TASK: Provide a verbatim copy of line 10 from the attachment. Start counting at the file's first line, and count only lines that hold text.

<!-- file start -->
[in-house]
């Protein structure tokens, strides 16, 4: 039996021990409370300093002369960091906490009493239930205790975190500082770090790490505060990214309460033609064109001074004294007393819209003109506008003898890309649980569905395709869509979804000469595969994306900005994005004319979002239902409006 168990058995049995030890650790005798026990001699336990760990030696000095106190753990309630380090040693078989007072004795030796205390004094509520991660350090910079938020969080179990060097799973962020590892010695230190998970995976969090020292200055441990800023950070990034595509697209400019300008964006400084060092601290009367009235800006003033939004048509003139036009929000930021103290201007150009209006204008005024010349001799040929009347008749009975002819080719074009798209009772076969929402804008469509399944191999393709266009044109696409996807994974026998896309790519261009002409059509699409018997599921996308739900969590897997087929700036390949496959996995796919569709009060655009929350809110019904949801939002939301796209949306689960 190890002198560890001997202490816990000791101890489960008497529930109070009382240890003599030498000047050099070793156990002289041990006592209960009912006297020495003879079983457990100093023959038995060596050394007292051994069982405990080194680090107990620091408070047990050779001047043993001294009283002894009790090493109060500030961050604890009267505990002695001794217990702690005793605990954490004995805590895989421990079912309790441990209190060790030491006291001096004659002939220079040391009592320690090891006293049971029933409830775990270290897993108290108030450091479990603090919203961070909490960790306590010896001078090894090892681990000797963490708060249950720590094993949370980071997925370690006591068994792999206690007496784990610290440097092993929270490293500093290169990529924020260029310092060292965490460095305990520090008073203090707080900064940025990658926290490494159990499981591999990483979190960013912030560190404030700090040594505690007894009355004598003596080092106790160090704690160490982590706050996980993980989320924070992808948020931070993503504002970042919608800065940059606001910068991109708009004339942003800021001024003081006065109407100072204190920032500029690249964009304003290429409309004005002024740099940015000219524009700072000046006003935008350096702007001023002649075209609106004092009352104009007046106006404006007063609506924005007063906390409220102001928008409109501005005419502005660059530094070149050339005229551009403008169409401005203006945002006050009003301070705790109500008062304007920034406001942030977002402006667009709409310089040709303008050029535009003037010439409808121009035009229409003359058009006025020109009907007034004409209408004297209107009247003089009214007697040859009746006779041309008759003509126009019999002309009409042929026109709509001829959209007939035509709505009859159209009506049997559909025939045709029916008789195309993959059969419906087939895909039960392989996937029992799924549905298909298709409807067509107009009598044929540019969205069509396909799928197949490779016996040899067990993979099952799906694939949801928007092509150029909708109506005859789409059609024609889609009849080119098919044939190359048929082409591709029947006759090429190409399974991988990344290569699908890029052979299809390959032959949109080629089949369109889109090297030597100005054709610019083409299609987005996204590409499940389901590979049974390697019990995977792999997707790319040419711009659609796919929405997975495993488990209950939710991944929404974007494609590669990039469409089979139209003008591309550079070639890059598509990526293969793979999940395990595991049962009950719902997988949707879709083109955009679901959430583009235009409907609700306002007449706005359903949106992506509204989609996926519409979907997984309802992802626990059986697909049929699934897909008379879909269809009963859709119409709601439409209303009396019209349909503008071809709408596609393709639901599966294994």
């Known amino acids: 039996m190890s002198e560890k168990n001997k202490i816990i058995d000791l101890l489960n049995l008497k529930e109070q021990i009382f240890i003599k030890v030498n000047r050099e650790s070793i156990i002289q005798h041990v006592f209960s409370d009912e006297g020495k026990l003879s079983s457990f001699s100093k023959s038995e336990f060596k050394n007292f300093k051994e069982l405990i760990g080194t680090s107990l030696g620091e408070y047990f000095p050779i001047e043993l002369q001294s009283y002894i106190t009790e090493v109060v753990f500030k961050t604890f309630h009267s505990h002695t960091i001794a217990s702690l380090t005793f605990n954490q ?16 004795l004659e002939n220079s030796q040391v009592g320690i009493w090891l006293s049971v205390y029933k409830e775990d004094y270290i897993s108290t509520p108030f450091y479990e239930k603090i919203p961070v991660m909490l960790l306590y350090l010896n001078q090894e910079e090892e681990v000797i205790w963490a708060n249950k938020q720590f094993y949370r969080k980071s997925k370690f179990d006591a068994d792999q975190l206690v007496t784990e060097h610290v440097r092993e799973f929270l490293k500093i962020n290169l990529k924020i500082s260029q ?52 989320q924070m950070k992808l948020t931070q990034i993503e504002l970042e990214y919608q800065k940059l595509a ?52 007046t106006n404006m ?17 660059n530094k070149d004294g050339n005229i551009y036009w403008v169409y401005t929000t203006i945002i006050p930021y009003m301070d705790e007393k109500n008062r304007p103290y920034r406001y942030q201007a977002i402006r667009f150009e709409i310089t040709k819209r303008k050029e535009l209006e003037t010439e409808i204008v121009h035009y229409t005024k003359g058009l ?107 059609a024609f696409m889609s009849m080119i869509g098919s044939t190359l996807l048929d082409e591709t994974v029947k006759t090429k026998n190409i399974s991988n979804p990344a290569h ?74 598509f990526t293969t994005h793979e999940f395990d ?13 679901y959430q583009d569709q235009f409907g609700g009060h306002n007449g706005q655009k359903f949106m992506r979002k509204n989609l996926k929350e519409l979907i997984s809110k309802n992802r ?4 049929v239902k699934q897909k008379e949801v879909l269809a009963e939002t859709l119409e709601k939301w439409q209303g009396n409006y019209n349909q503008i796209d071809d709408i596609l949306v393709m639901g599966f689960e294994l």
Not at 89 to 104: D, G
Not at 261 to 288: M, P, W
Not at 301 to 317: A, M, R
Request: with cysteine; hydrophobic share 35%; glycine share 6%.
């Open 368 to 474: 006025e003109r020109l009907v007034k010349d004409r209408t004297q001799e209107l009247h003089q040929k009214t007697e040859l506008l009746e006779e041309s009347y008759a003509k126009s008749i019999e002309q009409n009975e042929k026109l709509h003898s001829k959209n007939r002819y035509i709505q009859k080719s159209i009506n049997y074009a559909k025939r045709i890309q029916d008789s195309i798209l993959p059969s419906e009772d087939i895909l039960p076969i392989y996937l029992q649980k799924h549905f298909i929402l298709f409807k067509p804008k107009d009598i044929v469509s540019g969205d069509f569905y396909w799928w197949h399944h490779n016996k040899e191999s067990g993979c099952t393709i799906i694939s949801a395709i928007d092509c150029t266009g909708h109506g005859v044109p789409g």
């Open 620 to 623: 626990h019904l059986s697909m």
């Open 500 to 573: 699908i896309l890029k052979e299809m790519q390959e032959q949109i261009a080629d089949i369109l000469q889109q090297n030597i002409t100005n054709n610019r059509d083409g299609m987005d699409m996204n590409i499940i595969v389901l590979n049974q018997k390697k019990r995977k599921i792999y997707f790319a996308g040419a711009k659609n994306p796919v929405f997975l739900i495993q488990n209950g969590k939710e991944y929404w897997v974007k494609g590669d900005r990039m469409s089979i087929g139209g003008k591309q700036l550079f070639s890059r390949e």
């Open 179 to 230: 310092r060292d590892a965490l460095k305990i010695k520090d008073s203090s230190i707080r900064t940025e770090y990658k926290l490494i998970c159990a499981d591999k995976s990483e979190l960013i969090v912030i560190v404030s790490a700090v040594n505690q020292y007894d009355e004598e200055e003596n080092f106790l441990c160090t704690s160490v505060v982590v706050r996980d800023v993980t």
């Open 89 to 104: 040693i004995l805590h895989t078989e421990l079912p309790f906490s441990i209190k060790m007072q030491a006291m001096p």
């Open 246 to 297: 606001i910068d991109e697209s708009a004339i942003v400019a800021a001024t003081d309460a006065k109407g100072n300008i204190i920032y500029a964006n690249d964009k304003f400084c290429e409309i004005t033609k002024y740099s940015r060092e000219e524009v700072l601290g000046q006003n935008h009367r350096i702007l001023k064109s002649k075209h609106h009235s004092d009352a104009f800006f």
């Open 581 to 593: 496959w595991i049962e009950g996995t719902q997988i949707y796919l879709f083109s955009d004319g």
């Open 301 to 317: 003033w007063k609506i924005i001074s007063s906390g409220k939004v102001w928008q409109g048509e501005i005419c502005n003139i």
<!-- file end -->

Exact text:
């Open 500 to 573: 699908i896309l890029k052979e299809m790519q390959e032959q949109i261009a080629d089949i369109l000469q889109q090297n030597i002409t100005n054709n610019r059509d083409g299609m987005d699409m996204n590409i499940i595969v389901l590979n049974q018997k390697k019990r995977k599921i792999y997707f790319a996308g040419a711009k659609n994306p796919v929405f997975l739900i495993q488990n209950g969590k939710e991944y929404w897997v974007k494609g590669d900005r990039m469409s089979i087929g139209g003008k591309q700036l550079f070639s890059r390949e």